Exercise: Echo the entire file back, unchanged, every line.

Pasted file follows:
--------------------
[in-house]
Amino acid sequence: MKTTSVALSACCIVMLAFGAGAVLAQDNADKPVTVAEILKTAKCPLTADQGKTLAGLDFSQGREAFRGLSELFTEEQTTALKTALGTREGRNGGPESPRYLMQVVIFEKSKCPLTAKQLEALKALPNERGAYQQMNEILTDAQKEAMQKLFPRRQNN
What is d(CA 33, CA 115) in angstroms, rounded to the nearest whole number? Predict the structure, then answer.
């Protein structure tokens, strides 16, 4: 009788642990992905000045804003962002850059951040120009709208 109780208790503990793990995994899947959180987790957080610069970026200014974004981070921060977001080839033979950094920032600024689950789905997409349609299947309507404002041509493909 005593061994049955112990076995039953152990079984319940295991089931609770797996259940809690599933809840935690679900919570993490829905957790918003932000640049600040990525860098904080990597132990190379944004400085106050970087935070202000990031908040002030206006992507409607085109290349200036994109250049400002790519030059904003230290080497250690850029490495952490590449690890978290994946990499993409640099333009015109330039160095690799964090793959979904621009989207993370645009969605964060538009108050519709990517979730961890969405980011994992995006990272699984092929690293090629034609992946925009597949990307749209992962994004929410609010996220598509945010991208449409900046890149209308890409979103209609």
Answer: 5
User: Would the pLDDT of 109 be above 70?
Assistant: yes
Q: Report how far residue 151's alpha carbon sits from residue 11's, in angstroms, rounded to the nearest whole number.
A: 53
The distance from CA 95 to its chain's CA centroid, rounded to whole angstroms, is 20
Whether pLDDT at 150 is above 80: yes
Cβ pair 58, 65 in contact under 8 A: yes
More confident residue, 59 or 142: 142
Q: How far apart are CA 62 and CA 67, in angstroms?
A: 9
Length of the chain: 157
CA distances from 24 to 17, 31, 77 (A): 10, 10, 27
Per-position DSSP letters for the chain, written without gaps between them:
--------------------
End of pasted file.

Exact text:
[in-house]
Amino acid sequence: MKTTSVALSACCIVMLAFGAGAVLAQDNADKPVTVAEILKTAKCPLTADQGKTLAGLDFSQGREAFRGLSELFTEEQTTALKTALGTREGRNGGPESPRYLMQVVIFEKSKCPLTAKQLEALKALPNERGAYQQMNEILTDAQKEAMQKLFPRRQNN
What is d(CA 33, CA 115) in angstroms, rounded to the nearest whole number? Predict the structure, then answer.
């Protein structure tokens, strides 16, 4: 009788642990992905000045804003962002850059951040120009709208 109780208790503990793990995994899947959180987790957080610069970026200014974004981070921060977001080839033979950094920032600024689950789905997409349609299947309507404002041509493909 005593061994049955112990076995039953152990079984319940295991089931609770797996259940809690599933809840935690679900919570993490829905957790918003932000640049600040990525860098904080990597132990190379944004400085106050970087935070202000990031908040002030206006992507409607085109290349200036994109250049400002790519030059904003230290080497250690850029490495952490590449690890978290994946990499993409640099333009015109330039160095690799964090793959979904621009989207993370645009969605964060538009108050519709990517979730961890969405980011994992995006990272699984092929690293090629034609992946925009597949990307749209992962994004929410609010996220598509945010991208449409900046890149209308890409979103209609």
Answer: 5
User: Would the pLDDT of 109 be above 70?
Assistant: yes
Q: Report how far residue 151's alpha carbon sits from residue 11's, in angstroms, rounded to the nearest whole number.
A: 53
The distance from CA 95 to its chain's CA centroid, rounded to whole angstroms, is 20
Whether pLDDT at 150 is above 80: yes
Cβ pair 58, 65 in contact under 8 A: yes
More confident residue, 59 or 142: 142
Q: How far apart are CA 62 and CA 67, in angstroms?
A: 9
Length of the chain: 157
CA distances from 24 to 17, 31, 77 (A): 10, 10, 27
Per-position DSSP letters for the chain, written without gaps between them: